The Make-Believe World of Digital Horse Racing Sends a Wrong Message

The Make-Believe World of Digital Horse Racing Sends a Wrong Message
The Make-Believe World of Digital Horse Racing Sends a Wrong Message

People today live in make-believe worlds. They are conditioned to believe they can be or do whatever they want.

Usually, such fantasies are limited by the real world. However, modern technologies now facilitate the illusions of making believe by creating illusions. The business world is not far behind by providing products that humor people into believing their fantasies can be real. People can then effortlessly indulge in them if they pay the right amount of money.

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The latest craze in fantasy-enabling is the Non-Fungible Token (NFT) mania shaking the virtual world. People can claim to own original digital images (often readily available online) by registering their purchases on blockchain platforms. Buyers have nothing to show for their purchase save the original code of historical video moments, gifs and other digital creations. These digital assets often sell for tens of thousands of dollars.

Digital Horse Racing

A new development in this field is the interactive NFT, which consists of virtual assets that seem to have a life of their own. A mania has emerged in the form of digital horse racing.

Yes, digital horse racing. It is a sport that supplies all the thrills of horse racing but with no real horses. Zed Run is a platform where people can buy, sell, breed and race digital horses. The horses are merely lines of code that are made to look like horses on the screen.

They also do not act like horses. These creations do not require food or water. They never tire and can race an unlimited number of times—even on the same day. The creators claim that each horse has its own bloodline and pre-programmed qualities and defects. Zed Run’s digital “stud farm” allows owners to “breed” the digital horses while algorithms make sure each new digital colt is unique.

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Racing Is Big Business

The imaginary horses enter Zed Run’s digital racing platform for a modest fee that ranges from free to $100. Races are held every hour, seven days a week and are constantly broadcasted. To give the event the appearance of a race, an algorithm considers the horses’ qualities and past performances. It crunches the numbers to pick one of 10,000 random outcomes to determine a winner. Each 12-horse race has cash prizes for the first three place winners, payable in the cryptocurrency, Ethereum.

Such a platform may seem to be one more playful video game on the Internet. However, people think these races are almost real. They treat their imaginary horse almost like real steeds, giving them names and paying exorbitant prices. Racers engage in the frenetic intemperance of racing at any hour with all the addiction of gambling. Zed Run periodically drops a new crop of horses for eager buyers—at prices rivaling the real thing.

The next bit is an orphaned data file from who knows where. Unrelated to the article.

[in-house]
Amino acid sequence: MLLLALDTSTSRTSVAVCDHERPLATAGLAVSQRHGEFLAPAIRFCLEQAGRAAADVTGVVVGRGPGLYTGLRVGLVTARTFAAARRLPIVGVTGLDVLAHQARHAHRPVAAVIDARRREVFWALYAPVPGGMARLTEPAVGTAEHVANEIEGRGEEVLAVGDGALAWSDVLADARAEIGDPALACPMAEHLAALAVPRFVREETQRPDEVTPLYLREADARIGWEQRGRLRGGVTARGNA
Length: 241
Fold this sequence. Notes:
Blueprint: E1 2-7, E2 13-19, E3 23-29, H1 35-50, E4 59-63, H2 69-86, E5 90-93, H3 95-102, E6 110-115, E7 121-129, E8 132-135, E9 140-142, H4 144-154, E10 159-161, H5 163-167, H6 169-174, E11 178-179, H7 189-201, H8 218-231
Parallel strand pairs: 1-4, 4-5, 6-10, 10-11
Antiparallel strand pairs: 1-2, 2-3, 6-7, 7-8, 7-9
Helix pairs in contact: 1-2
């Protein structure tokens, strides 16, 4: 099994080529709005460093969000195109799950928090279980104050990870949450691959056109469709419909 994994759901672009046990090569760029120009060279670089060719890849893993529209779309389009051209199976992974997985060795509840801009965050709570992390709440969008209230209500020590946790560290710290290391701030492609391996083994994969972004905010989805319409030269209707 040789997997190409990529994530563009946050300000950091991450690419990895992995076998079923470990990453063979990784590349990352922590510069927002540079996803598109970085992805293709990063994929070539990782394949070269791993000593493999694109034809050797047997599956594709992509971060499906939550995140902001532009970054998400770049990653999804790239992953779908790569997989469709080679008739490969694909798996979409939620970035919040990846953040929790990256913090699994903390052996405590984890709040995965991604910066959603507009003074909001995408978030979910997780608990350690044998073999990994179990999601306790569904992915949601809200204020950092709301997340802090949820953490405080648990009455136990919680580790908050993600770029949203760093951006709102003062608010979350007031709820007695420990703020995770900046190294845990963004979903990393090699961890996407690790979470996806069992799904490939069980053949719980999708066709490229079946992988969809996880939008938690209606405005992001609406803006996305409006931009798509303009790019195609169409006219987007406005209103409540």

The new sport is big business. Some people are paying prices ranging from $125 to $45,000 for these coded toys. One champion horse recently sold for $125,000. Another “horse” trader sold his whole stable for over $250,000. Some owners expect certain horses will soon sell for $1 million each. Zed Run has sold over $30 million of digital horse flesh to 14,000 stable owners. Virtually Human Studio, the owner of Zed Run, recently raised $20 million to expand the platform.

An Unreal World

The horse enthusiasts form their own eco-system of contacts and society. Legendary horses appear on the tracks as races are live-streamed. Racers get together to follow races results, trade tips and analyze data. Users also live stream races and spread them over social media.

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All this excitement is based on fantasy. If Zed Run runs out of steam and cash, the digital horses will revert to nothingness. The NFT stables will fade into cyber-oblivion.

And people will move on to the next craze that promises the greatest excitement.

Sending the Wrong Message

Fads like these send a wrong message to a society in need of a sense of reality and duty. People are taught to enjoy the benefits of owning racehorses but assume none of the effort, risks and sacrifices that come with caring for real animals. Everything is make-believe and has no serious consequences, except to participants’ bank accounts.

The problem today is that too many people race digital horses in the figurative sense. They seek empty pleasures and distractions. Instead of building authentic relationships and communities, they prefer to gratify their passions by living in make-believe worlds. They choose to create their own worlds rather than marvel at the created world and, above all, the Creator.

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Indeed, there are too many childish toys around in times that clamor for serious adults to confront a world gone awry. Undoubtedly, digital horse racing produces losers.

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